Thursday, July 14, 2011

Superman: Red Son

Cover by Dave Johnson
Superman: Red Son (2004)
Writer: Mark Millar
Penciller: Dave Johnson, Kilian Plunkett
Inker: Andrew Robinson, Walden Wong
Colorist: Paul Mounts
Letterer: Ken Lopez

Okay, this was sort of awesome.

Superman: Red Son has been recommended to me by a couple of different people and I’m so glad I was able to finally a get a hold of it. I was really intrigued to read it, especially after hearing that it is a re-imaging of the Superman myth, in which the Last Son of Krypton crash lands not in rural Kansas, but Soviet Russia.
First of all, this comic combined a good number of things that I have inherent weaknesses for: 20th century history and politics, a really angry and pretty crazy Batman, and a kickass Lois Lane and Wonder Woman.

In comics, women are typically either a femme fatale (Catwoman), ambitiously crazy (Harley Quinn), a good girl (Oracle… she’s even a librarian) or a victim, as Gail Simone famously pointed out in Women in Refrigerators. Which is not to say that there aren’t clichés when it comes to the male characters in comic books, as well. It’s just that with a fluid and ambiguous character like Lois, writers often seem to struggle with what neat little box she should fit into.

Millar, however, actually gave me a Lois I really enjoyed and believed in. She seemed incredibly real and dynamic to me. I was rooting for her, especially since in this re-telling, she’s actually married to Lex Luthor. Whoa. I realized right away that in this comic, everything was essentially going to be backwards, and it was probably going to be a lot of fun to read. It was.
Outside of these awesome comics by Kate Beaton, I haven’t really gotten a chance to read a Lois Lane that was completely satisfactory to me. You see, I love the idea of Lois Lane: a dedicated and talented reporter (I used to want to be a journalist, too, Lois!) with an awesome career and a no-nonsense attitude. But most of my encounters with Lois either remind me of these types of comics or she’s a super vixen who works in an office where it’s apparently acceptable to wear dangerously short skirts and massive cleavage. I think writers really have a hard time with Lois and are just unsure what sort of woman she is.

Superman is the right hand man of Stalin; a Soviet super-weapon who only wants to help people, all people, and eradicate war and famine. Luthor is the smartest man in the world, a brilliant scientist obsessed with finding a way to defeat Superman, even at the cost of America’s status as a superpower. Due to Superman’s existence in Soviet Russia, the comic gives us a warped alternative history to the latter half of the 20th century, almost in a sort of reverse-Watchmen style. Nixon was assassinated in 1963, JFK divorced Jackie and married Norma Jean (I loled at that, I couldn’t help it), communism spreads throughout the world until only the United States, with a faltering economy and increasing starvation, refuses to abandon capitalism.

I don’t really want to discuss the plot too much because I so thoroughly enjoyed reading this graphic novel and discovering what happened next and I don’t want to ruin anything. If anything, I can simply say that Millar provided the novel with awesome pacing, really fun and intriguing subplots, three-dimensional characters, strong women, great fight scenes and awesome re-imaginings of familiar characters, such as Batman, Green Lantern and even my beloved Wonder Woman. As Tom DeSanto said in his introduction, a lesser writer would have simply made these re-imaginings very gimmicky and cookie-cutter. I was never annoyed or embarrassed by Millar’s what-if scenarios but actively intrigued.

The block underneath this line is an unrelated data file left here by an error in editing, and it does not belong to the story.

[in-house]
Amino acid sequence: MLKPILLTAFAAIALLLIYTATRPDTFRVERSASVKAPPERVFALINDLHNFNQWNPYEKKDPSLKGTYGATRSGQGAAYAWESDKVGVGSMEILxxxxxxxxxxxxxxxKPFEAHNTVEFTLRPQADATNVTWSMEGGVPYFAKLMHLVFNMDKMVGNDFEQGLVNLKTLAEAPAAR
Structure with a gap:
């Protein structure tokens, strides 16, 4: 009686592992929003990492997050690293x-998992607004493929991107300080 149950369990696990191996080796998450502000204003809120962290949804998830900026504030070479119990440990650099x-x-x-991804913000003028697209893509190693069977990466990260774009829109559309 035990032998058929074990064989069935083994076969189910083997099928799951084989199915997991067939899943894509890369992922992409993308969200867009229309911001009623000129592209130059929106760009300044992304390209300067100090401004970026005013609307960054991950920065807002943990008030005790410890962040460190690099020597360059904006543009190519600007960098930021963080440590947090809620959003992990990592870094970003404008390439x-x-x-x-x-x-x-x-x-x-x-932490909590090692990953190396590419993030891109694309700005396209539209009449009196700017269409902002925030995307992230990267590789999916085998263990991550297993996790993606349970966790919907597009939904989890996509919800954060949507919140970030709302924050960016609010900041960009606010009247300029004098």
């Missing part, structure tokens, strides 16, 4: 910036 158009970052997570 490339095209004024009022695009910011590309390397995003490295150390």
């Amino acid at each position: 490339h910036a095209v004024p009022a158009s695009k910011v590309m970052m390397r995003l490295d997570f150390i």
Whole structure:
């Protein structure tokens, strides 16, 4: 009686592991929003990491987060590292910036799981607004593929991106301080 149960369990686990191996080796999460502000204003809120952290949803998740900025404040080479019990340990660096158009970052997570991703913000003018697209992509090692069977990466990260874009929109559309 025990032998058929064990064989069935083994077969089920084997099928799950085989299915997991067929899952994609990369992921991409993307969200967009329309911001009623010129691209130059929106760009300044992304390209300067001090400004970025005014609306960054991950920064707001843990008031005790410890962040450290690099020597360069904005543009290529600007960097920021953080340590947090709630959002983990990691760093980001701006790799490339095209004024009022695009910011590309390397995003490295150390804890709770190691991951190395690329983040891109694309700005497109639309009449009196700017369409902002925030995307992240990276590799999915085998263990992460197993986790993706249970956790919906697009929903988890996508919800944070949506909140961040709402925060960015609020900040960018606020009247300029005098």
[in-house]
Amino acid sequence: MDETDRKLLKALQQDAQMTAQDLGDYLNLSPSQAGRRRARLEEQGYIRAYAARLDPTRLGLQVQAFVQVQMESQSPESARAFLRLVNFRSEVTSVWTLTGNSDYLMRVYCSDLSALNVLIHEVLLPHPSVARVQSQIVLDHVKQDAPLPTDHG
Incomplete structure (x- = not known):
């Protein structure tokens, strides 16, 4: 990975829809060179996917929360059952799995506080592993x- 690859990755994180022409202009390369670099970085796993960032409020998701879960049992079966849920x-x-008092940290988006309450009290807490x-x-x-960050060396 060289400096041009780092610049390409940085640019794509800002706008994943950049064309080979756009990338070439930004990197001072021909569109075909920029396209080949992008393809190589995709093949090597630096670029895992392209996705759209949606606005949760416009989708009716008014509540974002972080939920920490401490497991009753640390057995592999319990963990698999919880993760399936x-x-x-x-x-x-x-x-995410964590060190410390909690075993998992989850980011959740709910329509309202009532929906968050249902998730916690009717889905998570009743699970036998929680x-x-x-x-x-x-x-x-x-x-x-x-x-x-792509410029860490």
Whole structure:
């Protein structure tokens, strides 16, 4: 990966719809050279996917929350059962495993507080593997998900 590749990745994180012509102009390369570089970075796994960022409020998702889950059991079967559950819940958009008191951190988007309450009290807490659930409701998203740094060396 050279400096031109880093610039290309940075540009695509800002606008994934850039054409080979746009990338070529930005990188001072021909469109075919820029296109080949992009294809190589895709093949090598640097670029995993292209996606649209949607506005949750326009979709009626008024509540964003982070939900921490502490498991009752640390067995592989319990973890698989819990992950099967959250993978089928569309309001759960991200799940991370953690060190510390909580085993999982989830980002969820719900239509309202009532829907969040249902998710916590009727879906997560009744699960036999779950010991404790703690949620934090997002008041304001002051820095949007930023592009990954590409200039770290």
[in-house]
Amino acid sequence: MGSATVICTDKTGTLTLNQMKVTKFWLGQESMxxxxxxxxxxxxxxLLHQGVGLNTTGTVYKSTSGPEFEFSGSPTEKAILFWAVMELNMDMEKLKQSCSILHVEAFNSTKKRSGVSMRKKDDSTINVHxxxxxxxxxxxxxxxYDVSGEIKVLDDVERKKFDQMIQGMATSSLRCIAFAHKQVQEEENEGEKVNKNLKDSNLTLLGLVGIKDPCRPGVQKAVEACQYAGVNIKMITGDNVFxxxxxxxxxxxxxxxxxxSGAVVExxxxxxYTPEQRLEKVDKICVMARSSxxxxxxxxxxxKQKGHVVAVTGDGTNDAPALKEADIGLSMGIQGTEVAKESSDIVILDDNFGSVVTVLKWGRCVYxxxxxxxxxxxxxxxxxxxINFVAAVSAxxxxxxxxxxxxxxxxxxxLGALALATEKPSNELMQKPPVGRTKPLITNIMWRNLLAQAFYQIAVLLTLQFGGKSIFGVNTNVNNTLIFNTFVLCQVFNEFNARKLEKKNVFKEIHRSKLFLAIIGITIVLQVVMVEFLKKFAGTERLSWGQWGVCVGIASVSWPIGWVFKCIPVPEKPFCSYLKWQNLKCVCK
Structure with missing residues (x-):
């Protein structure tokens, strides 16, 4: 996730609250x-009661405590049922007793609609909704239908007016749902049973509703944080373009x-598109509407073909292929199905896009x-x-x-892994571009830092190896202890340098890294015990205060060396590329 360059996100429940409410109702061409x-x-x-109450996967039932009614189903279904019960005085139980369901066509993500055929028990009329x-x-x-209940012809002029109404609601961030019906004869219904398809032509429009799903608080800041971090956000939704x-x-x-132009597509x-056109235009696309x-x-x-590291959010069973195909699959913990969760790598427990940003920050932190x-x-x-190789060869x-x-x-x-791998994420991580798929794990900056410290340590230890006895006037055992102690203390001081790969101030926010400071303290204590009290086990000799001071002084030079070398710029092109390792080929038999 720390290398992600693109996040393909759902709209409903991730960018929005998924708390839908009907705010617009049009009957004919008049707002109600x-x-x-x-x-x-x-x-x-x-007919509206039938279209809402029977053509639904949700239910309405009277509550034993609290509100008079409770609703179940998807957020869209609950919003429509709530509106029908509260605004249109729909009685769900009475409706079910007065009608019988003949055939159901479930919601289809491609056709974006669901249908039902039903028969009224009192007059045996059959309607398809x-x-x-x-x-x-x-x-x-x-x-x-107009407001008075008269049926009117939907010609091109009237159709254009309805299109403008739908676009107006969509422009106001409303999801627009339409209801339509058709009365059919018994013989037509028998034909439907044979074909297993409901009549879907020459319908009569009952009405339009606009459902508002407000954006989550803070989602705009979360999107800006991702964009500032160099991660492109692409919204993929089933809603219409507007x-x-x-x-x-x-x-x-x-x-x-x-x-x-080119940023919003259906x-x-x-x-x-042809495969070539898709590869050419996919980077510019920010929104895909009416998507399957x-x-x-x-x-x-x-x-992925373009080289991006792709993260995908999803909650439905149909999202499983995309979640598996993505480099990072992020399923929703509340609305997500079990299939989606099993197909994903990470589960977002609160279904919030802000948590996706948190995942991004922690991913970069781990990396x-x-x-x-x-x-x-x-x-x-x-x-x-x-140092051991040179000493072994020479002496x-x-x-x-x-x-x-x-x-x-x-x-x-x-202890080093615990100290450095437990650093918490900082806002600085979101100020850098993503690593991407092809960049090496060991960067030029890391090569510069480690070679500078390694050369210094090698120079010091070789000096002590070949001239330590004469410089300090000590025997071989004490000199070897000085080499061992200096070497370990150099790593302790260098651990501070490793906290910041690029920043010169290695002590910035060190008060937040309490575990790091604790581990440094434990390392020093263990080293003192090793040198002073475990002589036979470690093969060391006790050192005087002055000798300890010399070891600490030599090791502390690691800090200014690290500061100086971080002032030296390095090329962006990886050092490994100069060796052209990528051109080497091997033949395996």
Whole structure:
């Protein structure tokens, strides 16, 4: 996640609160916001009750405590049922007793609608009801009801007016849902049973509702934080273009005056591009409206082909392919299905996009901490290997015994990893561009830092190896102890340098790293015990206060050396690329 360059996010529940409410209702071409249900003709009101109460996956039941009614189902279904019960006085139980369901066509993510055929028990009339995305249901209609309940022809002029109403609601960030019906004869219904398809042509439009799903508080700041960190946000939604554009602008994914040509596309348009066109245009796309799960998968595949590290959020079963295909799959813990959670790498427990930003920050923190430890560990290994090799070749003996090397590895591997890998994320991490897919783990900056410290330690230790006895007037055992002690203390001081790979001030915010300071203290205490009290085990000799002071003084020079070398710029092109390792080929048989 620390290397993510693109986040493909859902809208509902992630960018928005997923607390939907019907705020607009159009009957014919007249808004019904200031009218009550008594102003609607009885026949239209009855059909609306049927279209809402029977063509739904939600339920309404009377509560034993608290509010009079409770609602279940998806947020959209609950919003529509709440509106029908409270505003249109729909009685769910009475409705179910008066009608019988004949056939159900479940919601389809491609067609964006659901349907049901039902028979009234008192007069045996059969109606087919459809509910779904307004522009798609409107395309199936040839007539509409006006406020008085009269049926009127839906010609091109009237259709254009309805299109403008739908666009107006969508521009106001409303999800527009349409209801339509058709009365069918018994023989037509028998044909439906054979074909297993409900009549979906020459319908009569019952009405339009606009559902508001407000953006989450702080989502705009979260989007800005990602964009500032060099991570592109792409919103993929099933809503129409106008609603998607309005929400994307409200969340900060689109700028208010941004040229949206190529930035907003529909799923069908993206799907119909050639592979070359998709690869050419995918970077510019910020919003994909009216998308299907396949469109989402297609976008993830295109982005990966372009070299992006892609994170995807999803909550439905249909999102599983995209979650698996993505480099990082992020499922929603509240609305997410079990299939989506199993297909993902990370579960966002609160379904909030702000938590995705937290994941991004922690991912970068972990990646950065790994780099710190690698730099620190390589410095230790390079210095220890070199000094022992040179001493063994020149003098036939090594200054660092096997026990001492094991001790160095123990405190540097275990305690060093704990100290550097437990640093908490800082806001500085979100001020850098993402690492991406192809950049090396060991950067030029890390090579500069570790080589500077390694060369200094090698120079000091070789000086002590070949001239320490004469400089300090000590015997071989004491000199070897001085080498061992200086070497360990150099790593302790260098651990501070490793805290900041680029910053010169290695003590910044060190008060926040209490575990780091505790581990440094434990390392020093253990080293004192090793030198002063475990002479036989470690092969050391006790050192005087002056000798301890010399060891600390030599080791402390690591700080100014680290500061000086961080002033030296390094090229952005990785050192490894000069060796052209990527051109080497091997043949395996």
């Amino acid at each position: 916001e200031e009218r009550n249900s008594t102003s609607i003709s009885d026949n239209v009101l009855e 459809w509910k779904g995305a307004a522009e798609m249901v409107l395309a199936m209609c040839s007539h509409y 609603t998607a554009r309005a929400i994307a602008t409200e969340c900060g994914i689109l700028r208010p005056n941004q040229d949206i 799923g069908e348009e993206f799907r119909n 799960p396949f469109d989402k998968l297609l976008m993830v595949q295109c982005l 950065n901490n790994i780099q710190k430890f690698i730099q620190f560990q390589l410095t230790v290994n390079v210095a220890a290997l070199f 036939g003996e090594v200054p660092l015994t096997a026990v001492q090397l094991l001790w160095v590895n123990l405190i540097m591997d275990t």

My only real complaint was the final confrontation between Luthor and Superman, which I felt that after so much build-up and tension between the two men during the entire course of the novel, was simply too quick. It was over and done with before I really had a chance to grasp what I was reading. I also felt that Luthor was occasionally a bit hammy (is that the correct term?); I found Superman a lot more believable than the world’s most intelligent man. Luthor just went a little too mad scientisty at points but he’s a supervillain and that’s what they do, I suppose.

I also would recommend this for the awesome and clever twist ending, which was just so damn satisfying. With comic books, twist endings are usually more obnoxious and nonsensical than anything else but here, it worked and I loved it.

The art by Johnson and Plunkett was spot-on, as well. I especially loved Johnson’s interpretations of the characters: they were familiar without being dated. The inclusion of his sketches at the back of the novel was also illuminating. He did a great job with balancing between epic fight scenes and smaller, minute moments, especially with expressions on characters’ faces. I also found the coloring by Mounts really good, as I was worried that as a Soviet re-telling, he was going to rely on clichéd greys and reds but I was pleasantly surprised by his use of warm colors and lighting.

I’m so glad this comic was recommended to me and I actually got a chance to read it. I really need to read more Superman comics, as this is a character that I used to hate irrationally (the big blue Boy Scout) but who has since grown on me quite a bit. I also wish I had more comics that featured a Lois Lane and a Wonder Woman that I could really relate to and admire, as I did here.

1 comment:

  1. and yet this book failed to answer the question on the lips of all Superman fans: does the Lois Lane of this universe go time traveling in a flying popemobile?